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Sunday, February 17, 2008

“Coal Dust Explosion” in Coal fired Cement plant – Its prevention



“Coal Dust Explosion” in Coal fired Cement plant – Its prevention is necessary for safety and enhancement of environment standards.

The numbers of coal fired industrial systems, particularly cement plants, is rapidly increasing, because of high cost and uncertainty in availability of fuel oil and natural gas. Many of the countries do not have access to sufficient quantity of petroleum products; there by, worldwide growth in coal-fired cement plant is tremendous. There is inherent risk associated with coal pulverizing, drying, blending, transportation and storing.

To understand fully the hazard potential of using pulverized coal as a fuel in a cement plant, one should be familiar with the factors responsible for development of coal dust explosion. A typical pulverized coal fuel system process bulk coal into a form that can be efficiently utilized as a fuel to heat the kiln for calcining the raw material of cement, i.e., clay, limestone, etc., into clinker. This is usually accomplished by grinding and drying the bulk feed in a pulverizer so that coal emerging from pulverizer consist 70 to 80% particulate that passes through 200 mesh screen. High temperature air from clinker cooler is often used to dry the coal and convey it from pulverizer to the burning pipe of the kiln. Coal pulverizing is one of the most hazardous jobs from fire and explosion point of view, as both fuel and oxygen are present at the pulverizer. A coal dust explosion is described as rapid burning of combustible particulate within a confined area; which generates a considerable heat and corresponding pressure rise. The factors responsible for coal dust getting exploded:

  • presence of dust in suspension at a concentration above flammability limit,
  • presence of sufficient oxygen to enable the combustion,
  • source of ignition of the coal dust air mixture,
  • a certain degree of confinement to the mixture.

Most coal used in firing system have tendency for spontaneous ignition (Spontaneous heating is an inherent property of coal to get heated on oxidation, when it is kept for prolonged time with air or oxygen. Oxidation of coal is an exothermic process, hence the self-ignition) in the pile. Therefore, care should be taken in storage, handling within firing system and prevention of accumulation of coal dust during system operation.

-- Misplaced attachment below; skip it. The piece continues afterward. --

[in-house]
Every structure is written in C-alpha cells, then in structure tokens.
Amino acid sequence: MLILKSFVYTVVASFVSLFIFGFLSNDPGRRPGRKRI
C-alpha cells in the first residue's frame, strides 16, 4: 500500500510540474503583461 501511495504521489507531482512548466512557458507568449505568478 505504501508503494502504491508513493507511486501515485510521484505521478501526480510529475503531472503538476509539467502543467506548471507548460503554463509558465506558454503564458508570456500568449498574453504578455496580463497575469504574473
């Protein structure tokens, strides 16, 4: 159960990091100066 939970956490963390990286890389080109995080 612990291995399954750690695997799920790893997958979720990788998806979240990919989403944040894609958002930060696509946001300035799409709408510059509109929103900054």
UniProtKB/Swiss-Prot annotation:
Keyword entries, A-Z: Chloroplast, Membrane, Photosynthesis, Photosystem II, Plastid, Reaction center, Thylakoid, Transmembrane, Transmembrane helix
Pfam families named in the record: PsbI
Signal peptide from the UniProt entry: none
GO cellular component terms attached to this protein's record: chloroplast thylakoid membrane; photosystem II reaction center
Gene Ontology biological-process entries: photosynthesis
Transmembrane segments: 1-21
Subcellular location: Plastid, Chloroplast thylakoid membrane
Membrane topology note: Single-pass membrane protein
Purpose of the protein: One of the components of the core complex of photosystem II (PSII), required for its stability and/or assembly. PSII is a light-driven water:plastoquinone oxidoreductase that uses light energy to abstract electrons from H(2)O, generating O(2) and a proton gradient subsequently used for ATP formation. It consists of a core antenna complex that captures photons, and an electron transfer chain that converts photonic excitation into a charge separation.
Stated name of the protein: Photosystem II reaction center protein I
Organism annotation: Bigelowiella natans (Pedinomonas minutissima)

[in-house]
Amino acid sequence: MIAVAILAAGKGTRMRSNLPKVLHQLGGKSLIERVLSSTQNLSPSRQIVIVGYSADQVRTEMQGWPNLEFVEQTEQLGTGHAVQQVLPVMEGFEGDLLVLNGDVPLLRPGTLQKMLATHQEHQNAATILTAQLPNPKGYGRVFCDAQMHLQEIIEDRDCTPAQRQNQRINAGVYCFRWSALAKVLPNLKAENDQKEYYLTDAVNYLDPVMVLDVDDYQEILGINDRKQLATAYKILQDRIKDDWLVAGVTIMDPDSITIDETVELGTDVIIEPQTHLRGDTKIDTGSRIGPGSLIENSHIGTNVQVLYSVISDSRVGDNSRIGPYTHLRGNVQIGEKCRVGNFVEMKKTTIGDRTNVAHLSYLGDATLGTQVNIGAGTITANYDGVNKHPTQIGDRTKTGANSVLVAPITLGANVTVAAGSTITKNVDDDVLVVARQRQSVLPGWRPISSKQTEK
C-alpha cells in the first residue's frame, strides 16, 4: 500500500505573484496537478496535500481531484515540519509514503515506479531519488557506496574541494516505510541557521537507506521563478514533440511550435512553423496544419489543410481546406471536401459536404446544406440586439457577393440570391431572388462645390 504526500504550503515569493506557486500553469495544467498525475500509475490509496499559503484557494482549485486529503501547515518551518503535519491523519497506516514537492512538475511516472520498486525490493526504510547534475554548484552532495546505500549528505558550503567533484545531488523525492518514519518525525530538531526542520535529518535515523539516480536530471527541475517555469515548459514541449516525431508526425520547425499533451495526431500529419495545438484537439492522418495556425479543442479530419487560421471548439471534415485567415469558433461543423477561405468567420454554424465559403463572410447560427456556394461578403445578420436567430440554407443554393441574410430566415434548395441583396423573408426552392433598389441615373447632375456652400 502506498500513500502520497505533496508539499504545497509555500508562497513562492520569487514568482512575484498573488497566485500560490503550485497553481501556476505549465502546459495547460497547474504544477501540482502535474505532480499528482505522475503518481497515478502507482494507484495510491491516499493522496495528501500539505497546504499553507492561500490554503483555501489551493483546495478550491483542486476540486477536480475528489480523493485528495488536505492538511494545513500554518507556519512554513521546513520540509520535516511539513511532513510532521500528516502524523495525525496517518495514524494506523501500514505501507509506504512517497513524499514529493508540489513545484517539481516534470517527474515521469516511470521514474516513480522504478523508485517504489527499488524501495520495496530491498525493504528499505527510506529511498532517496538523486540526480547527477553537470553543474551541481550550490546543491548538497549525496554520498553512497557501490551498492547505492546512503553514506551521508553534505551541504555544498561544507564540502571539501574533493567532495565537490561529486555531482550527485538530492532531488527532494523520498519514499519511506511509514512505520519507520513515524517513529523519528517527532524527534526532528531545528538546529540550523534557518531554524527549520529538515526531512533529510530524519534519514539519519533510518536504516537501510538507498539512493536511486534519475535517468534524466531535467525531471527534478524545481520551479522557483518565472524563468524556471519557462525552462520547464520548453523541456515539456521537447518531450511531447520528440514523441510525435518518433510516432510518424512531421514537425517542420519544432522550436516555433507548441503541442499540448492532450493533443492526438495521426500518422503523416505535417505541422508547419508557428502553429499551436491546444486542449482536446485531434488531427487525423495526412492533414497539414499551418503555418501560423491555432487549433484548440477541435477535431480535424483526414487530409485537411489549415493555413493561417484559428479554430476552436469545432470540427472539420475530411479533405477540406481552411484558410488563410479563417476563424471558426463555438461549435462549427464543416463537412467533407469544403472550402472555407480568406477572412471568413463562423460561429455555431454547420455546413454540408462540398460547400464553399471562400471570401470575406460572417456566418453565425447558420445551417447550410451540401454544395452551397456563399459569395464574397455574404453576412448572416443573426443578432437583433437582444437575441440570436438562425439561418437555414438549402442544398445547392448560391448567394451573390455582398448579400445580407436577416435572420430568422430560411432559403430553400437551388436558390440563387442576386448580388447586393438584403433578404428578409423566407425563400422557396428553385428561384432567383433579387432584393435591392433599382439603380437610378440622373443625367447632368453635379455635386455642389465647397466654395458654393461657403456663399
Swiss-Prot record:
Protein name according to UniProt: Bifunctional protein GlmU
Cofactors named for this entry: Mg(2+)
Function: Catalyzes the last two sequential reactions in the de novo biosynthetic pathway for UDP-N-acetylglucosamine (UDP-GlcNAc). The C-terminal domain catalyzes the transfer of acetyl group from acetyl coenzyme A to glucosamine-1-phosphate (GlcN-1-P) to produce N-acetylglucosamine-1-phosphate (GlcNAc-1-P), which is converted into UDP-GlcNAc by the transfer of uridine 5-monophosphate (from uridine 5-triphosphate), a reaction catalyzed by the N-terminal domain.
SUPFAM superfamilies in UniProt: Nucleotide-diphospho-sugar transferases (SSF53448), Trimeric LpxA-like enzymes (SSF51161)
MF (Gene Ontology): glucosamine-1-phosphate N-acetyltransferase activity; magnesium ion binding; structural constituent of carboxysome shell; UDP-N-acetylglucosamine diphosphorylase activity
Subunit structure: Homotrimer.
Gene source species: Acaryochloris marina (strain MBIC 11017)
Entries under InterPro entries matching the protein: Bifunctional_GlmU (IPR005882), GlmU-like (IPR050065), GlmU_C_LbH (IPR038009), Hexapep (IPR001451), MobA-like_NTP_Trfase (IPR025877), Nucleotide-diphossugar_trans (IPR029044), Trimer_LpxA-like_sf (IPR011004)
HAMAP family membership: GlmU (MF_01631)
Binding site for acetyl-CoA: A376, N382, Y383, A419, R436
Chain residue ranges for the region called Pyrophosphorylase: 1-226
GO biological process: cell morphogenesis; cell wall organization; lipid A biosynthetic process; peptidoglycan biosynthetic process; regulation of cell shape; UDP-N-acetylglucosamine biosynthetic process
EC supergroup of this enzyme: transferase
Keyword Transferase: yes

Special precautions are necessary to ensure safe operation:
  • use oxygen-deficient air in the pulverizers under normal operating condition,
  • use of rock dust, carbon dioxide, water systems in the pulverizers and dust collectors when shutdown occurs,
  • inerting with water sprays or steam when over-temperature conditions are observed,
  • care must be taken to prevent development of coal dust cloud,
  • use of magnet or metal detection to remove foreign iron substance in the system to prevent occurrences of sparks,
  • cutting & welding operation should be carried out as per the safety norms,
  • electric components used in the system should be of non-inflammable type,
  • hot coal, if any, should be avoided to charge into pulverizers,
  • proper control measures should be adopted to prevent spontaneous ignition of coal,
  • prevention of static electricity discharge into the system should be adopted by grounding dust collector bags,
  • by properly designing of several coal handling equipments in order to prevent accumulation coal dust at various idle spots of locations.

As coal dust explosion in coal-fired industrial systems (whether in a cement plant or in a thermal power plant) is very much serious in nature and may cause damage to the property and personnel, utmost care should be taken to prevent such occurrences. Last but not least, proper training the personnel is most important to handle such situation most effectively.

1 comment:

cement plants said...

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